Feb. 3, 2001

Cold Poem

by Mary Oliver

Broadcast date: SATURDAY, 3 February 2001

Poem: "Cold Poem," by Mary Oliver, from American Primitive (Little, Brown and Company).

The text of this poem is no longer available.

On this day in 1959, a small airplane crashed outside Ames, Iowa, killing all persons on board. The pilot was Roger Peterson of Clear Lake, and his passengers were rock-and-roll stars Buddy Holly, J.P. "the Big Bopper" Richardson, and Ritchie Valens.

It's the birthday of French social philosopher Simone Weil, born in Paris (1909). Her writings include Waiting for God (1959), The Need for Roots (1955), and three volumes of Notebooks (1951-56). She died in England, during World War Two, of tuberculosis brought on by self-imposed starvation in sympathy with the French Resistance.

It's the birthday of writer James Michener, who was born in New York City but was abandoned at birth (1907). He was raised by a poor Quaker family in Pennsylvania, and went to Swarthmore College, where he was valedictorian in 1929. He enlisted in the Navy during World War Two, and, as a naval records-keeper, he spent months traveling from one Pacific island to another, writing fictional sketches based on what he'd seen in his travels. The manuscript became Tales of the South Pacific (1947), and it won him a Pulitzer prize.

It's the birthday of artist Norman Rockwell, born in New York City (1894). He quit high school at 16 and studied art full time at the National Academy of Design. When he was 18, he began earning money for his drawings, and within a year frequently had his illustrations in Boy's Life magazine. His first Saturday Evening Post cover came out on May 20, 1916; it was the first of 317 covers he would do for them.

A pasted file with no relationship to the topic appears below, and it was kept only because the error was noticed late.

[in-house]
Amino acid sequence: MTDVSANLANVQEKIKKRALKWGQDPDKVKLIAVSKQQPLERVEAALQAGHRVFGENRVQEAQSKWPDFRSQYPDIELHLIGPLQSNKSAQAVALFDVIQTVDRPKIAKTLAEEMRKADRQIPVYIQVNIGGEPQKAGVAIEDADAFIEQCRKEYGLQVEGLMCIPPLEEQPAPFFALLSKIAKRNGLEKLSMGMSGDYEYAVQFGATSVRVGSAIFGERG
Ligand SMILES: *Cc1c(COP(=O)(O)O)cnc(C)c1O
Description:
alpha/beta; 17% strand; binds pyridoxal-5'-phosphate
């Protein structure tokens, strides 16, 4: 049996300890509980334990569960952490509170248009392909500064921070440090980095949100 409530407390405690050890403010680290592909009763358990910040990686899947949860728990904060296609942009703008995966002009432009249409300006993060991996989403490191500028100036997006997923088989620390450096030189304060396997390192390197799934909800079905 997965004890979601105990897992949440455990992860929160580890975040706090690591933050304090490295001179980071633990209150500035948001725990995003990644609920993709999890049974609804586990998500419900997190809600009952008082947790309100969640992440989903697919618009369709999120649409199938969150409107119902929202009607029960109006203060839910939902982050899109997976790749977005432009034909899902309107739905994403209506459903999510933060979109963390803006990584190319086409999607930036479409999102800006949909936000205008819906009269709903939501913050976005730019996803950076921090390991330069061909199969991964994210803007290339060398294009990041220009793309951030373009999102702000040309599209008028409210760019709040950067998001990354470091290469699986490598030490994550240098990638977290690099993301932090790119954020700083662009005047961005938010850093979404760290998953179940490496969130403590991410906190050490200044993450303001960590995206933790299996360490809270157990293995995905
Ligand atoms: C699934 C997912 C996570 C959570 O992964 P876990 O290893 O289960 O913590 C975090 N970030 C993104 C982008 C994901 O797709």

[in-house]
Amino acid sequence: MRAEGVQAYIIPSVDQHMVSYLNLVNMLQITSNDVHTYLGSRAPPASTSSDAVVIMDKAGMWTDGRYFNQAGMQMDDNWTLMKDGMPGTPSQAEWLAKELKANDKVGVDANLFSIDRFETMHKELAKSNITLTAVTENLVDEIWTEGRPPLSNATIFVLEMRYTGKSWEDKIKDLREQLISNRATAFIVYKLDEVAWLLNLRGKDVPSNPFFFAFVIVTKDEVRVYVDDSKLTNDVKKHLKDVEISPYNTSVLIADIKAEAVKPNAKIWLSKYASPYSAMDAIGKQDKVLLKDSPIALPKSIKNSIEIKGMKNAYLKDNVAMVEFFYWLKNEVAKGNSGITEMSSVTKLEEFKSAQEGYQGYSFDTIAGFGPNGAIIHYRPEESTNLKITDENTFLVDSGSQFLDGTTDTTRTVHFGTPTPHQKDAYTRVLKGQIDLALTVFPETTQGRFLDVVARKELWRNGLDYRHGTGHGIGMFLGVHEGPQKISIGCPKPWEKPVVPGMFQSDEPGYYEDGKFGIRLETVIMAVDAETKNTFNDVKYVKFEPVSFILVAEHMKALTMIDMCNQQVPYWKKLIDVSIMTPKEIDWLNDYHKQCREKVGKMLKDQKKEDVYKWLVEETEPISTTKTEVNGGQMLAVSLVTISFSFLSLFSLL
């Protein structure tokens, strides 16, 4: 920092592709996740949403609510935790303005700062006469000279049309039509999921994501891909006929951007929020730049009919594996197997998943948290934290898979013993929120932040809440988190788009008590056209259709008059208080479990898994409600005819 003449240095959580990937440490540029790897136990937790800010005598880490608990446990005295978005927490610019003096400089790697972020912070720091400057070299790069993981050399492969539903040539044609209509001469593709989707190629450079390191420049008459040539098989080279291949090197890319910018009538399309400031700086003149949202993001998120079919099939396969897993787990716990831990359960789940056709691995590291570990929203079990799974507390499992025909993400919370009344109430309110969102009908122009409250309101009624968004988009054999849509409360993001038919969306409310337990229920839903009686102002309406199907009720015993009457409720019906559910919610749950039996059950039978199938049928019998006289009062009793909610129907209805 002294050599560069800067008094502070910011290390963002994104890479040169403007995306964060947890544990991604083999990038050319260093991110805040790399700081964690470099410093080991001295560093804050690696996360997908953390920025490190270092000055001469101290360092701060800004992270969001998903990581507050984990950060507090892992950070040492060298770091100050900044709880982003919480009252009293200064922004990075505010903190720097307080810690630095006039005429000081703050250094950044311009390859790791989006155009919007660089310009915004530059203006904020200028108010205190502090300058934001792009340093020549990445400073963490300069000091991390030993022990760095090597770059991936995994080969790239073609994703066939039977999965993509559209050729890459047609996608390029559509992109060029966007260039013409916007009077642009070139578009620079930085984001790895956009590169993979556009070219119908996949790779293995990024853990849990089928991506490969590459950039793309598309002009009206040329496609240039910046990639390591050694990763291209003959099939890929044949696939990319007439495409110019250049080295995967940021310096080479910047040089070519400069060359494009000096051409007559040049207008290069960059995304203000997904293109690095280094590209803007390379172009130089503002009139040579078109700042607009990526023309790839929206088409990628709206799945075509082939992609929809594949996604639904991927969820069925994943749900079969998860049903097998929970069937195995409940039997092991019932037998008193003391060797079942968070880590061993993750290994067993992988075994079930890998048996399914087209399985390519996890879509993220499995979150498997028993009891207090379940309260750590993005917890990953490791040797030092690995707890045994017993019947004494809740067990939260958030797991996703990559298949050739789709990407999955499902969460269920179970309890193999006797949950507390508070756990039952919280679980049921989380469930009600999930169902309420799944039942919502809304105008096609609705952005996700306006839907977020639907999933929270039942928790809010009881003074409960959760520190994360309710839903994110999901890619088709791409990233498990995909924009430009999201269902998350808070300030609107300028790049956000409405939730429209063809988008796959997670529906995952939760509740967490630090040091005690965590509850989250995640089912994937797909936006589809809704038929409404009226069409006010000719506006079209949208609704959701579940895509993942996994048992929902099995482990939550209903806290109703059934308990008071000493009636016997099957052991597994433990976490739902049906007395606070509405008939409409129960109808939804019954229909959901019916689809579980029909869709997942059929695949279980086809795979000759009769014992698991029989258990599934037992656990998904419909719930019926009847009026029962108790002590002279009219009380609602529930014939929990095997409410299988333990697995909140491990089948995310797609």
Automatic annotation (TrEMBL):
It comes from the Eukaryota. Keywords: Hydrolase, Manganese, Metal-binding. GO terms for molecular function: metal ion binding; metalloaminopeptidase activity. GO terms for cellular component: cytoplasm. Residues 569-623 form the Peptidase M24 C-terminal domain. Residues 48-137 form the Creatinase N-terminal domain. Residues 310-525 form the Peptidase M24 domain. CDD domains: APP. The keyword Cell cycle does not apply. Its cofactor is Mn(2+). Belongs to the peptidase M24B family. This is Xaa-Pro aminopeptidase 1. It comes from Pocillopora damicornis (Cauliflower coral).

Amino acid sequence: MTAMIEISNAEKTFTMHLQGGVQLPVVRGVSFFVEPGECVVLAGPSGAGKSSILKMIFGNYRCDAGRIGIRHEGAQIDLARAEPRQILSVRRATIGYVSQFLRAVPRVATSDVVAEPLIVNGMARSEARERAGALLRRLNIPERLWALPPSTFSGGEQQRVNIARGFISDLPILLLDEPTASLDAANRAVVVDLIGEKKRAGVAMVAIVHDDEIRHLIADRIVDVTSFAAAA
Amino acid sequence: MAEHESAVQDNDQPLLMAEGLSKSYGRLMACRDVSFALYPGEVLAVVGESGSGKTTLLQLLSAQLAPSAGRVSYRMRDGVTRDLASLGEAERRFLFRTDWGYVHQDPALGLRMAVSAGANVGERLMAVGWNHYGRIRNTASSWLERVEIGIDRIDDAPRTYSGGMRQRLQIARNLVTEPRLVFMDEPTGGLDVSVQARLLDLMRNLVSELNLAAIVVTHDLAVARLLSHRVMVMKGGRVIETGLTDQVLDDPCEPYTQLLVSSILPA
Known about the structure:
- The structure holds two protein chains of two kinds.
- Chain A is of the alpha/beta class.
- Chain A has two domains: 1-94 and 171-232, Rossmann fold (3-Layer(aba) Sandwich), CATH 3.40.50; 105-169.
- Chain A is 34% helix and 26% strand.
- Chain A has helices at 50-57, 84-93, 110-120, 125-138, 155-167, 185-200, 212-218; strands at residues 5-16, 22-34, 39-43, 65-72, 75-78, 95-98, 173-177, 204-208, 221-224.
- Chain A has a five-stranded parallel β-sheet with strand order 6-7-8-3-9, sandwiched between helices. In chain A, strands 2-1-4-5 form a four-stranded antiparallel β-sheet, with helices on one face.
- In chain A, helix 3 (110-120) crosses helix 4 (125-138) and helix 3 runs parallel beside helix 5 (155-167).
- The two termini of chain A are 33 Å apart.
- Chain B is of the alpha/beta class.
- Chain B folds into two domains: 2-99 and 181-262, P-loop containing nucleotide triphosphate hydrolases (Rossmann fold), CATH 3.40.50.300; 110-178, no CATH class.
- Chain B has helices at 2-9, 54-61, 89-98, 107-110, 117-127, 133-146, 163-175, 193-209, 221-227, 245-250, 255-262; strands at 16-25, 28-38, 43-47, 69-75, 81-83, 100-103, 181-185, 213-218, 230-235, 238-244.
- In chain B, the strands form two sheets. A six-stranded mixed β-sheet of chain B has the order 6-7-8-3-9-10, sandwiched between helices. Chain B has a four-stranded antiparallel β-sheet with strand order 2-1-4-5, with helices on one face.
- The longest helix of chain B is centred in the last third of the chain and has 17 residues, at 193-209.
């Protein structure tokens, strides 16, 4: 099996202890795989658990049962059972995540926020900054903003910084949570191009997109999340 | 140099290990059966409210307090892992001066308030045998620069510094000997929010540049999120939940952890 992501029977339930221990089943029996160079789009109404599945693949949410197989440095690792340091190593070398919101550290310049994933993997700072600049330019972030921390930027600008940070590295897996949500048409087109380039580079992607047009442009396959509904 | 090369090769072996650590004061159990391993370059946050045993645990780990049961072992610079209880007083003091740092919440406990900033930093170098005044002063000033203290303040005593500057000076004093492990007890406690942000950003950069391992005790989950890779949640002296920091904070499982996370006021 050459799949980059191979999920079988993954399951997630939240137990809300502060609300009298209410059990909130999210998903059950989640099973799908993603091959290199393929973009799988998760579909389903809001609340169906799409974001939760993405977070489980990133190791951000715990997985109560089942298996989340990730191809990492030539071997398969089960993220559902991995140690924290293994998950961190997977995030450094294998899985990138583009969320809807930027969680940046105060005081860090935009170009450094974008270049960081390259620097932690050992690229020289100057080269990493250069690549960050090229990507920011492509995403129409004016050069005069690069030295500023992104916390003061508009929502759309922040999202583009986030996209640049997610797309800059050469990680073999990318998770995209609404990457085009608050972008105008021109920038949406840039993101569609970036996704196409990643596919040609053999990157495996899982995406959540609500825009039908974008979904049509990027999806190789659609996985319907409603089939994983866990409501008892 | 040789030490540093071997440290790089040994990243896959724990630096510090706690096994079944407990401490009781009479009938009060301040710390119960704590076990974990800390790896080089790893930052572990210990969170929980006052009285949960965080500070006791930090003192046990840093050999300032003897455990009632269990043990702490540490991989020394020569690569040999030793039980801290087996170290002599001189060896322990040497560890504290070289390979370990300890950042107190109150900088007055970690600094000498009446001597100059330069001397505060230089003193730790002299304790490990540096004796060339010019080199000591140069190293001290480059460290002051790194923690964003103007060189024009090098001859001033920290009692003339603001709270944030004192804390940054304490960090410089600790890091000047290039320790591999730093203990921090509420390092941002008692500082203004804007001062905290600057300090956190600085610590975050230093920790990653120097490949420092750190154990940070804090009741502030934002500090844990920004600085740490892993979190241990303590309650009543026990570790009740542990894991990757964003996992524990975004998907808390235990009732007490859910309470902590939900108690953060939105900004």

It's the birthday of Gertrude Stein, born in Allegheny, Pennsylvania (1874). At 27, she moved to Paris to be with her brother Leo, who helped her get started as an art collector, and introduced her to her lifelong companion, Alice B. Toklas. They opened their home at 27 rue de Fleurus in Paris to the art world—a 'salon' and gathering place for 'lost generation' artists of all sorts. Ernest Hemingway, Sherwood Anderson and F. Scott Fitzgerald were regulars; Matisse and Picasso did her portraits. Her first book was Three Lives (1909); her best known work is The Autobiography of Alice B. Toklas (1933). She also wrote two operas—Four Saints in Three Acts (1934), and The Mother of Us All (1947), as well as The Making of Americans (1925), a 900-page novel without dialogue or action.

It's the birthday of newspaperman Horace Greeley, born in Amherst, New Hampshire (1811). He started The New York Tribune when he was 30, and served as editor until he died. He's famous for his saying, "Go West, young man, and grow up with the country."

Be well, do good work, and keep in touch.®




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